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If Beale Street could talk (2018)

If Beale Street Could Talk

Tish (Kiki Layne) and Fonny (Stephan James)

There is so much rarity that oozes out of If Beale Street could talk that at times it is hard to describe. Here is a romantic drama that does not rely on fantasies or hopes but on the pluses and minuses of reality. No other tag line has rung more true for a 2018 film: “Trust love all the way”.

Based off the book (which I am hoping to read soon) by James Baldwin and written for the screen by director Barry Jenkins (whose last film, Moonlight, won the Oscar for Best Picture), we meet the young lovers Tish (Kiki Layne) and Alfonso (Stephan James), or “Fonny”. She is 19. He is 22. They have known each other since they could take their first bath together as kids. Their lives in  New York are marred with troubles, but they remain faithful, even when Fonny is arrested for a crime he did not commit. Things get a little more complicated when we find out that Tish is pregnant. While her family is supportive, his family is…well, to say they are against it is putting it very mildly. The scene between the two families sets the absolute mood of the film.

The movie is told sometimes in flashback (as told by Tish), showing her relationship with Fonny before his arrest. The rest shows their attempts to get Fonny out of jail, but certain complications arise (and they don’t come cheap). Thankfully, Tish has very supporting parents. While her  dad Joseph (Colman Domingo) is there for his daughter, it is clearly the mother, Sharon (Regina King) who is the should Tish leans on the most. Every scene King is in explodes with talent, proving she is a strong contender for best supporting actress in the next few months. That would not be the films only nomination, as it also has possibly the best musical score I have heard in 2018.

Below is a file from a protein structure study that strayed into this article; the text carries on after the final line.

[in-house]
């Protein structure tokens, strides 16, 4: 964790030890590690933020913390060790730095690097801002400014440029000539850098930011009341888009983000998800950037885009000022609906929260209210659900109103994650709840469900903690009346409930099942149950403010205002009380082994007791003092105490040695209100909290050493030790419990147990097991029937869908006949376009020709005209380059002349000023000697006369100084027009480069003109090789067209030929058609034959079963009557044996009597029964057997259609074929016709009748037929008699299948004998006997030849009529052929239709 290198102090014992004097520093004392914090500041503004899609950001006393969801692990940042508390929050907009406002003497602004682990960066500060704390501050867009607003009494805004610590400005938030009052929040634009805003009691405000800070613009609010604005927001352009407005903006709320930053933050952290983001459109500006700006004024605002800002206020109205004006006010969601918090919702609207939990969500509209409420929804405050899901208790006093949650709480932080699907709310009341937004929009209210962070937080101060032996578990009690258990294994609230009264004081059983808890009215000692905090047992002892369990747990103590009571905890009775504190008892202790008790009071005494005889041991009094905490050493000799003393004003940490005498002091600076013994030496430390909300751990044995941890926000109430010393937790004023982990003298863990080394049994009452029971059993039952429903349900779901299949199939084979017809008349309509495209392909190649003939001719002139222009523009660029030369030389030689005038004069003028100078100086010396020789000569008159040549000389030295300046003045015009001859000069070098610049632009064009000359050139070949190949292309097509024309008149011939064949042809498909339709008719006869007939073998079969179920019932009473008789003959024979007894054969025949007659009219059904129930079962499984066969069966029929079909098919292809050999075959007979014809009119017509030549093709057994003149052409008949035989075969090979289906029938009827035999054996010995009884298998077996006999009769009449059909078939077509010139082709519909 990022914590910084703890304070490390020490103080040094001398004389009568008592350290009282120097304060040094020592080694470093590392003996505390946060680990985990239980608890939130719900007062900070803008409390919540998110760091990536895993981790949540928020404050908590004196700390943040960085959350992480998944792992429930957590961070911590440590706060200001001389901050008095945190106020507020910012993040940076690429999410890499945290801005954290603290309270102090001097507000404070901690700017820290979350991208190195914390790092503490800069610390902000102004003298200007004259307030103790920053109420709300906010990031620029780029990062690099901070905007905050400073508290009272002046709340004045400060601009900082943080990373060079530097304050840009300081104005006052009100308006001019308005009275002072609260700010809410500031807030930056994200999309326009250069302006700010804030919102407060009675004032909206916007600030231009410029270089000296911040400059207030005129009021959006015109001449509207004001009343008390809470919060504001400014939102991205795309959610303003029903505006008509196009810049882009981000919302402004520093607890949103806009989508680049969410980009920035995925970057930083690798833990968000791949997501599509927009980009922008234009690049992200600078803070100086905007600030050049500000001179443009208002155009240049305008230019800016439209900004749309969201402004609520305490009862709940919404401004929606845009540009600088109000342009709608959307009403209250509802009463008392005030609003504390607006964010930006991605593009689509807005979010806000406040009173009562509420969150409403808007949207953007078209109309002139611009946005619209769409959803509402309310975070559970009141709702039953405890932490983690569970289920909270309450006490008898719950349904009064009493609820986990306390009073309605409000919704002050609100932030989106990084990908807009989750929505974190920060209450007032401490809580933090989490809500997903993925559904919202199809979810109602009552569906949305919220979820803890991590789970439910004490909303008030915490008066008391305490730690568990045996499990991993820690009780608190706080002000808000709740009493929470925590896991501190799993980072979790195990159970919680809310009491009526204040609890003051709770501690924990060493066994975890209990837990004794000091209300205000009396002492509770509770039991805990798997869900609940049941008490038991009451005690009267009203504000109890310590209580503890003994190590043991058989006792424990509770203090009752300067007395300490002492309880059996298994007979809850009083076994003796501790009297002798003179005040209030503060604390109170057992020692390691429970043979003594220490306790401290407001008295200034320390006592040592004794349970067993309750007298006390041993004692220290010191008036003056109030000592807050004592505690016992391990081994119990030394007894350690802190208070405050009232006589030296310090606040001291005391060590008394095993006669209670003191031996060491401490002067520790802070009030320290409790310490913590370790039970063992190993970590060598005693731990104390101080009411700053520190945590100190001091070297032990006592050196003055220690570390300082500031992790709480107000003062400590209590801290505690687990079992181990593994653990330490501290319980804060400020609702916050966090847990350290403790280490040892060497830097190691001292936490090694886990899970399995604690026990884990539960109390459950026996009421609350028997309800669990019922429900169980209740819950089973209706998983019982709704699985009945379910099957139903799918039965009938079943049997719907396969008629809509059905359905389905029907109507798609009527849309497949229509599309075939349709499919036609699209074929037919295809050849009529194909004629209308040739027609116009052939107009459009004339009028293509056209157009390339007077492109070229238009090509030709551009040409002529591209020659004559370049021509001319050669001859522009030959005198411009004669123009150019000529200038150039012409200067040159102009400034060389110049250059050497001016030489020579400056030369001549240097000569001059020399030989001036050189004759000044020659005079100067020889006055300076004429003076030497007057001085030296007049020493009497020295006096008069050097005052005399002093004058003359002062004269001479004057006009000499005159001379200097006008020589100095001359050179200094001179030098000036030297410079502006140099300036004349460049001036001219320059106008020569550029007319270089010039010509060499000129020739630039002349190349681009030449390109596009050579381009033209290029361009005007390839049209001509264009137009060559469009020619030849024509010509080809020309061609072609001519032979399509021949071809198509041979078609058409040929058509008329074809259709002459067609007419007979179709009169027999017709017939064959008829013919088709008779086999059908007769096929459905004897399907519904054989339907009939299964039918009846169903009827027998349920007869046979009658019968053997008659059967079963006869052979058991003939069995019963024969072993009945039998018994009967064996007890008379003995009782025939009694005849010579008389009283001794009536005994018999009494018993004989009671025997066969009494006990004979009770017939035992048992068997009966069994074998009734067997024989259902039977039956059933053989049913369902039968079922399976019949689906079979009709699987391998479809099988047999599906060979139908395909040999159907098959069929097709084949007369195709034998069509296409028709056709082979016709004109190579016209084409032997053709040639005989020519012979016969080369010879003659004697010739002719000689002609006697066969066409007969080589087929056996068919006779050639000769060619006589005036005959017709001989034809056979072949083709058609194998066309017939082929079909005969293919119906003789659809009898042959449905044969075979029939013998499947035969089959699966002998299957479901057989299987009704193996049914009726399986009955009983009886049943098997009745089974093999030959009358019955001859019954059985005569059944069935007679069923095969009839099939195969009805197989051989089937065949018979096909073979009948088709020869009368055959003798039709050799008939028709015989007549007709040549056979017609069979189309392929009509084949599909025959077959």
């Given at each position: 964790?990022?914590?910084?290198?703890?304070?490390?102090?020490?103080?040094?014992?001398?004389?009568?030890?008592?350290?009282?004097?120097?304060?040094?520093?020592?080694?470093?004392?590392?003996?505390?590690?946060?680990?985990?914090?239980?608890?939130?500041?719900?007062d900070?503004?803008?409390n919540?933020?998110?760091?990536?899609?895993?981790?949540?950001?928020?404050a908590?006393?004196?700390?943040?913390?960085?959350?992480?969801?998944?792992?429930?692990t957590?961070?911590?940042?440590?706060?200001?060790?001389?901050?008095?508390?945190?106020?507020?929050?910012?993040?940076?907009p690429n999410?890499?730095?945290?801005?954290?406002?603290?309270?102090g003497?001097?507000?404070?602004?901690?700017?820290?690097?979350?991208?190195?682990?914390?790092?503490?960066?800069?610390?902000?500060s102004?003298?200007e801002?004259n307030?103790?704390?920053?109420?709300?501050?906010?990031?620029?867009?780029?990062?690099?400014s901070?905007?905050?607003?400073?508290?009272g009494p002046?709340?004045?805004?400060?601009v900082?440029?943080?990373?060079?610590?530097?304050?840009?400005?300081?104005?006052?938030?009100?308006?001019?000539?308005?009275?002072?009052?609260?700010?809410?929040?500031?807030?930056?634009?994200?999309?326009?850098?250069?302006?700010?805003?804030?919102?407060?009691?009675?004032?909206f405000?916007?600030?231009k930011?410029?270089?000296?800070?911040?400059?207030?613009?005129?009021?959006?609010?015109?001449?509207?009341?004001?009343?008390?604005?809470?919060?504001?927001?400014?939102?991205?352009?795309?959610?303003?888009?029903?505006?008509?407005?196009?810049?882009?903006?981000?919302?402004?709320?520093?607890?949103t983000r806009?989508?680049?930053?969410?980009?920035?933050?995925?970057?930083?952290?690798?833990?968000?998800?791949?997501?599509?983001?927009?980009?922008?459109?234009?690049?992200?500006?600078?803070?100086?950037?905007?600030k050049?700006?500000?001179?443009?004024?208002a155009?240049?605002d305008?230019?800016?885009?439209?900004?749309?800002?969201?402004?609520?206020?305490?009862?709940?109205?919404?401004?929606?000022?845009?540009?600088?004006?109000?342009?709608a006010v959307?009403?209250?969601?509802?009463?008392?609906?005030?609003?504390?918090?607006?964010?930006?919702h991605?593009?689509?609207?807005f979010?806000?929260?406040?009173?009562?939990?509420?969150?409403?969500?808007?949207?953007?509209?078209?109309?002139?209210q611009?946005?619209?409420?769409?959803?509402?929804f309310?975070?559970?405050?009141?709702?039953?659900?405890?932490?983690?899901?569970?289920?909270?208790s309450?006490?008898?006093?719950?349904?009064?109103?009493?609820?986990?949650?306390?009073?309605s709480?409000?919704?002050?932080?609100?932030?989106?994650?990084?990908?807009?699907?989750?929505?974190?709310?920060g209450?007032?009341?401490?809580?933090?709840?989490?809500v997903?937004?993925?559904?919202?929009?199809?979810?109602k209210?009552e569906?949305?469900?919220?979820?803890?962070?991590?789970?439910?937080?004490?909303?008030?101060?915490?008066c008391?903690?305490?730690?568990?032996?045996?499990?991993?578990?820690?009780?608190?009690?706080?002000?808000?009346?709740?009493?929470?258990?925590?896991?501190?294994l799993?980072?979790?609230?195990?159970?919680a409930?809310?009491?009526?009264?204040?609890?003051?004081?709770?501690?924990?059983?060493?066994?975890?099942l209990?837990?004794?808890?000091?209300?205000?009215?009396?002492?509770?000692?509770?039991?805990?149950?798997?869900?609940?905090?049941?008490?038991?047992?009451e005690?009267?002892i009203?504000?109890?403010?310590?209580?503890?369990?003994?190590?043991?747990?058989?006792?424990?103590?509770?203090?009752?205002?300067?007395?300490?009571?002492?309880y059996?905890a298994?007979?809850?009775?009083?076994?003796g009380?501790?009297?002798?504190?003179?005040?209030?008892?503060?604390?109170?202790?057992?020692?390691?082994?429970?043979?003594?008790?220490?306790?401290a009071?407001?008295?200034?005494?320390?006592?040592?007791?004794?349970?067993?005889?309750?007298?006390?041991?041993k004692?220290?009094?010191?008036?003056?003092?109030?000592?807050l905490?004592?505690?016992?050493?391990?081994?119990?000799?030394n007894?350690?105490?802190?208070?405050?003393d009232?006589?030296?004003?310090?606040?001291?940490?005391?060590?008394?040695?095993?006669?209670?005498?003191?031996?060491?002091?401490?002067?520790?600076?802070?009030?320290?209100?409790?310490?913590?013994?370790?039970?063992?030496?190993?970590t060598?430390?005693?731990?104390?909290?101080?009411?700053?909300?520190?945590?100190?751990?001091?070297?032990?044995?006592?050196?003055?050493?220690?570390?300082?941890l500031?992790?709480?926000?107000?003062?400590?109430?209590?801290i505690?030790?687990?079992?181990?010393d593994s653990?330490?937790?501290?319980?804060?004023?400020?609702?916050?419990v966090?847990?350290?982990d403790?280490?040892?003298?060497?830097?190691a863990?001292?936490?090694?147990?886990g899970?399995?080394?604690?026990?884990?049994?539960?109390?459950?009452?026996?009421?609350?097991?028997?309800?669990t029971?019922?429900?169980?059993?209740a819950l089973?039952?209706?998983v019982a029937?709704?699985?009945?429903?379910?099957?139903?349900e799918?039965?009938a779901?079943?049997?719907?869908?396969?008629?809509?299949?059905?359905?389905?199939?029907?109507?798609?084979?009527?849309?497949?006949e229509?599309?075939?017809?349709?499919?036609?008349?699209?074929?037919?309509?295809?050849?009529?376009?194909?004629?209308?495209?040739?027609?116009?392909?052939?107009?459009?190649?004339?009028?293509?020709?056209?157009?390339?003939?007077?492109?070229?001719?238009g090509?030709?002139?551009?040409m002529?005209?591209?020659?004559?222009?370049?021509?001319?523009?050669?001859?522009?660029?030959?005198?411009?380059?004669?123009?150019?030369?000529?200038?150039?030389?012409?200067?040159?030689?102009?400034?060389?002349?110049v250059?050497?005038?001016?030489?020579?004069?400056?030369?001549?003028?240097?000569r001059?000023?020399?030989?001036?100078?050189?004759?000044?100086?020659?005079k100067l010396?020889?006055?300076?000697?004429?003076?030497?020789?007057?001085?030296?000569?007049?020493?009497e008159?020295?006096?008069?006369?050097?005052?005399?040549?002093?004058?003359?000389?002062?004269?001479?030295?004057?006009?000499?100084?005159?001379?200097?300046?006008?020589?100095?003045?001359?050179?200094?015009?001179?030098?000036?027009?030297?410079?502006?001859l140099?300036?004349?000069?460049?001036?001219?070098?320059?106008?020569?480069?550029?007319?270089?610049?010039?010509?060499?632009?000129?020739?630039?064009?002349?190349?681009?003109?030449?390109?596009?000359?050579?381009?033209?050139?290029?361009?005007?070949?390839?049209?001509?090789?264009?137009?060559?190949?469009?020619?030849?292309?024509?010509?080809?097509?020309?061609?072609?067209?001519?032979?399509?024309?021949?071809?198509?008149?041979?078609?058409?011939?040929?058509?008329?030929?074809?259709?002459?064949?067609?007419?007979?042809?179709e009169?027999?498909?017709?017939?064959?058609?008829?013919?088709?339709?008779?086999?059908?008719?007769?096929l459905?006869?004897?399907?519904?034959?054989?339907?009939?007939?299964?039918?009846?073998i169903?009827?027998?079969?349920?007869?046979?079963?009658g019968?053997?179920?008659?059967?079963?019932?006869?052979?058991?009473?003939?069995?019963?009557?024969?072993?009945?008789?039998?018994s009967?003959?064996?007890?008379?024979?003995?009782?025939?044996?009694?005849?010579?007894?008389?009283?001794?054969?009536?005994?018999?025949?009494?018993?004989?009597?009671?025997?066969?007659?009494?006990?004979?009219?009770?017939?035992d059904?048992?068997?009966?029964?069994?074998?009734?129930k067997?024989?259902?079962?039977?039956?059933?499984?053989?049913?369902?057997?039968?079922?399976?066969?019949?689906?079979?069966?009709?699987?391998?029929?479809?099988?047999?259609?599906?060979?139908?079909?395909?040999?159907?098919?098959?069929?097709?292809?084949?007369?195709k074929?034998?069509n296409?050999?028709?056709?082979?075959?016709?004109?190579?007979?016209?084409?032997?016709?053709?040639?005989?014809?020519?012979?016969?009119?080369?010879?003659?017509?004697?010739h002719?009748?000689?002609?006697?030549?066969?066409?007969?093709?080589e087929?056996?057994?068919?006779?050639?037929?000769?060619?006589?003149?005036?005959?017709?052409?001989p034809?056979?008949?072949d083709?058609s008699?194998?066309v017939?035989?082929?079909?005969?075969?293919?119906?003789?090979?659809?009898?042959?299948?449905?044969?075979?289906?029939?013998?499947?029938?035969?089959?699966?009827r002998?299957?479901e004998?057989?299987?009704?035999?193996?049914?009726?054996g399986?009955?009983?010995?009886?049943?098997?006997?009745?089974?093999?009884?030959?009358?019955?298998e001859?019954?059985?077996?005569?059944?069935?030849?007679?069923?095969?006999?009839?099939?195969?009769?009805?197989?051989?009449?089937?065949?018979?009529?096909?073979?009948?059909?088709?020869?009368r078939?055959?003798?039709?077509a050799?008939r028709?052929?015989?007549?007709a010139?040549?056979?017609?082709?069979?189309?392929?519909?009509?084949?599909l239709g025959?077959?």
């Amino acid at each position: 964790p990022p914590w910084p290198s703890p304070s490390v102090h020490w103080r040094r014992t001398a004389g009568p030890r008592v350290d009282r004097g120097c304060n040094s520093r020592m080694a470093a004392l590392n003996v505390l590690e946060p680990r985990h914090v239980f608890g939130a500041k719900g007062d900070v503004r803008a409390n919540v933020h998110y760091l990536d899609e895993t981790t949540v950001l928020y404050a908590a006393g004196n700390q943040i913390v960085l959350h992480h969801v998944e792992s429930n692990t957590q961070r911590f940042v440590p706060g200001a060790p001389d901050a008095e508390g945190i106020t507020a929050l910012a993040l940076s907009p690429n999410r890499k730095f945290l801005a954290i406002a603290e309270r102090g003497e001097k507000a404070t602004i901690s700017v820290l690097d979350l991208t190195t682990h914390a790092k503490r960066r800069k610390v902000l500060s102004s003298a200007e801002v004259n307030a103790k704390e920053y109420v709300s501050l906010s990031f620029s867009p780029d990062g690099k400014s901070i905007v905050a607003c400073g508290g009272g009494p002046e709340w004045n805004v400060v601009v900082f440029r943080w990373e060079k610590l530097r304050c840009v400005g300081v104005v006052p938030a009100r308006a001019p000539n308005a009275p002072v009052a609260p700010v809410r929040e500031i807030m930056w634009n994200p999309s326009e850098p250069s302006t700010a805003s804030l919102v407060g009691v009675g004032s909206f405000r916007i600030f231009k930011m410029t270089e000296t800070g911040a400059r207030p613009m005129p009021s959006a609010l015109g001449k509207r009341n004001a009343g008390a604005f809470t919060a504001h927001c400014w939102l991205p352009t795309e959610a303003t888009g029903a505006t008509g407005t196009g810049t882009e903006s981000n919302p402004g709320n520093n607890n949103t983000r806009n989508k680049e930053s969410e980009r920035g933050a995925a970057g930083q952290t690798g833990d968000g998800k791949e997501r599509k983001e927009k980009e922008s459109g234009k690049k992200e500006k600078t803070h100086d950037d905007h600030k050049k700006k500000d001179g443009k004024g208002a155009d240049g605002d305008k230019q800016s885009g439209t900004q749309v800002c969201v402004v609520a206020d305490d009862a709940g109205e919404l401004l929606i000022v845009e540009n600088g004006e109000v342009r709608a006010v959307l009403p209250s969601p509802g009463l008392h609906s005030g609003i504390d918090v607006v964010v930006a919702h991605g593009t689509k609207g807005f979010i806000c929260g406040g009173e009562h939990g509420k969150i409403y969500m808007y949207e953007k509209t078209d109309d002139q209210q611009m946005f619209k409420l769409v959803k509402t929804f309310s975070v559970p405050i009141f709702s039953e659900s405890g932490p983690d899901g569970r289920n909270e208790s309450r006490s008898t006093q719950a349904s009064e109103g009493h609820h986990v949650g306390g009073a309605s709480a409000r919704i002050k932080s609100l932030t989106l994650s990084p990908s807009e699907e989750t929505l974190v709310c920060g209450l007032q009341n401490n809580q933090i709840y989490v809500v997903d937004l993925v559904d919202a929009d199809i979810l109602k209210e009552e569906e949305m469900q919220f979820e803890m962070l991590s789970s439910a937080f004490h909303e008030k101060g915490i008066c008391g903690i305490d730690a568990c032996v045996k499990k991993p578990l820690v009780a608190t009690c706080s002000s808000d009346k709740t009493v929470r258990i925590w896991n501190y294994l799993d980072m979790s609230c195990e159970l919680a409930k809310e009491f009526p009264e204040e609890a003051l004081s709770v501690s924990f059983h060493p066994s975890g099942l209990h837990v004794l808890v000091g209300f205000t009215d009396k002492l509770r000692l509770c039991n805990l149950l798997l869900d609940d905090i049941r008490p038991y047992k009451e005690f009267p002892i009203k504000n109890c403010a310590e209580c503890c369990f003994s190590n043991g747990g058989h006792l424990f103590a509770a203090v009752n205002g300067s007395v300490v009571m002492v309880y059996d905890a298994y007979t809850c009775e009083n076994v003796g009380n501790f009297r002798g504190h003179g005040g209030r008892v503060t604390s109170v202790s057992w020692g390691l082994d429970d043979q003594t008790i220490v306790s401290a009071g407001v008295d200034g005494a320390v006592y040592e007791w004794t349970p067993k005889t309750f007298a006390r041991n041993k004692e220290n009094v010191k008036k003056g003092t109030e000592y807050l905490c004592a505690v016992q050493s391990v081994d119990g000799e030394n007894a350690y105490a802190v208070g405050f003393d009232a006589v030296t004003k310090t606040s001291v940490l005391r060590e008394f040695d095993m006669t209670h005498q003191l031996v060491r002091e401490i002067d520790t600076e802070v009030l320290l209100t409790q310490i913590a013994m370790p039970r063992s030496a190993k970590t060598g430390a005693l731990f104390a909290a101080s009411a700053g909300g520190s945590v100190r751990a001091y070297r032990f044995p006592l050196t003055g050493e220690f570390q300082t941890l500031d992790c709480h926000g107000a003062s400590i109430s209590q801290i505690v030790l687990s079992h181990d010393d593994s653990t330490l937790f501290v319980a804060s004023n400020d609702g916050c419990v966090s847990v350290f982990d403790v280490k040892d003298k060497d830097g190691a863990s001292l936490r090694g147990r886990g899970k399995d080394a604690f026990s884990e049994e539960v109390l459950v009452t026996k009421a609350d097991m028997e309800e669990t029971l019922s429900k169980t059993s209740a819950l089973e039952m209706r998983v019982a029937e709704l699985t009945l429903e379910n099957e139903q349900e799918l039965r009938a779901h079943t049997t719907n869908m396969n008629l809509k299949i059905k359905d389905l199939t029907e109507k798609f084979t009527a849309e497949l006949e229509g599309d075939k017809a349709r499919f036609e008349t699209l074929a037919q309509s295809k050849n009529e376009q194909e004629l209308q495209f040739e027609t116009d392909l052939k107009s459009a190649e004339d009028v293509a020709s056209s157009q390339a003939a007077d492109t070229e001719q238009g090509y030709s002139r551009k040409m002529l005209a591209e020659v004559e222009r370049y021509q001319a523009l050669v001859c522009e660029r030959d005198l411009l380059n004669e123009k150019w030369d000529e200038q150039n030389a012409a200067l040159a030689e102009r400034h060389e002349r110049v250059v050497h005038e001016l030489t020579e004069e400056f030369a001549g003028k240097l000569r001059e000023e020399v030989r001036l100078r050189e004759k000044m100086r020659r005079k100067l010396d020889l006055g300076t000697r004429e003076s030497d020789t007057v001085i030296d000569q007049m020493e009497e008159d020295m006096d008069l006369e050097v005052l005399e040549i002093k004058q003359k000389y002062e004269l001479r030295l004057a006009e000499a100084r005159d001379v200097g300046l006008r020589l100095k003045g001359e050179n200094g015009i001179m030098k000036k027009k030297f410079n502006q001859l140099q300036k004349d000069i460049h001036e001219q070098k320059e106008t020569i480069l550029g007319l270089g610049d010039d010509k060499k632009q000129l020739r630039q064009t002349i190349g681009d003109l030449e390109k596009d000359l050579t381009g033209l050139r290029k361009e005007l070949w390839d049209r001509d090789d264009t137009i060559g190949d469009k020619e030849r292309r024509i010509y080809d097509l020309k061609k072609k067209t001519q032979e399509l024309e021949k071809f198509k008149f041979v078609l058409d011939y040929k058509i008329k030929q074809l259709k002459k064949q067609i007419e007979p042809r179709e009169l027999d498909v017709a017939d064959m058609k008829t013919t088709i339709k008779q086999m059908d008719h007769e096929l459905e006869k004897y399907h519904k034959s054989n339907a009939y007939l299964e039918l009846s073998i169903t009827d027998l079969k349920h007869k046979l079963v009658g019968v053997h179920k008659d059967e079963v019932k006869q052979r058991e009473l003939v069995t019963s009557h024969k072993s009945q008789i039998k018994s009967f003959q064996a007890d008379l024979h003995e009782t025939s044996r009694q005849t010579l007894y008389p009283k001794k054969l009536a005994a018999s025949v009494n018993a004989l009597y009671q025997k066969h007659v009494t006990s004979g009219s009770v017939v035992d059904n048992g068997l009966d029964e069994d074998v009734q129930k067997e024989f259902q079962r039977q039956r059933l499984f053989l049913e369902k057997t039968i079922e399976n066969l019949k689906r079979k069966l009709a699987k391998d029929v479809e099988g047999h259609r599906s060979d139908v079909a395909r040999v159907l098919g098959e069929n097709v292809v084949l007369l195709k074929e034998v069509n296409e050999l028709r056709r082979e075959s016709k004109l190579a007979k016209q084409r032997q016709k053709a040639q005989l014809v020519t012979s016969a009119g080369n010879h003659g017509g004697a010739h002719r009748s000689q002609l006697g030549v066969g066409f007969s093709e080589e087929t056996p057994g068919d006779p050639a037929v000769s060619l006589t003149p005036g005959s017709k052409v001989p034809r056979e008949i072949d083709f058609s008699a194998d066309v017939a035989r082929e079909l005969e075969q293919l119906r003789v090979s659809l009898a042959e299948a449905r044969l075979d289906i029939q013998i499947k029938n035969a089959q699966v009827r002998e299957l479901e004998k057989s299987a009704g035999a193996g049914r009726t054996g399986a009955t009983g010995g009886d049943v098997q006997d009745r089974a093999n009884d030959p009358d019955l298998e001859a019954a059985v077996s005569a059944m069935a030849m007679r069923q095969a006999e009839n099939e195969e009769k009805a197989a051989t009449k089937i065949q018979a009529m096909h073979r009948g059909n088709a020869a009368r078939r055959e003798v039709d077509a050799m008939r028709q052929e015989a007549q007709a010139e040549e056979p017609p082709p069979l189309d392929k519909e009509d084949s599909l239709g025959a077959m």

The film also supplies other strong performances, but the crystal clear heart of the film is the chemistry between the two young leads. Layne plays Tish as soft-spoken, but not one who will let you step on her toes. James allows us to see Fonny (as Tish hopes all call him) as a young man who knows the hardships of life, but still is kind-hearted.

Parents, the movie is rated R, and should be. While there is a lot of swearing (including racial slurs), there is not much violence. There is, however, one of the more longer sex scenes (nearly five to seven minutes) that occurs and has nudity. Mature High Schoolers and up.

There are some parts of the movie that seem a little off (I am not sure yet how I feel about the trip that Tish’s mother makes, despite how undoubtably heartfelt it is), and the outcome of the movie may not be for everyone. I was fine with it. The message was simple: Even in the worst of circumstances, you must, in all honesty, trust love. All the way.

 

Overall: Four and a Half Stars **** 1/2

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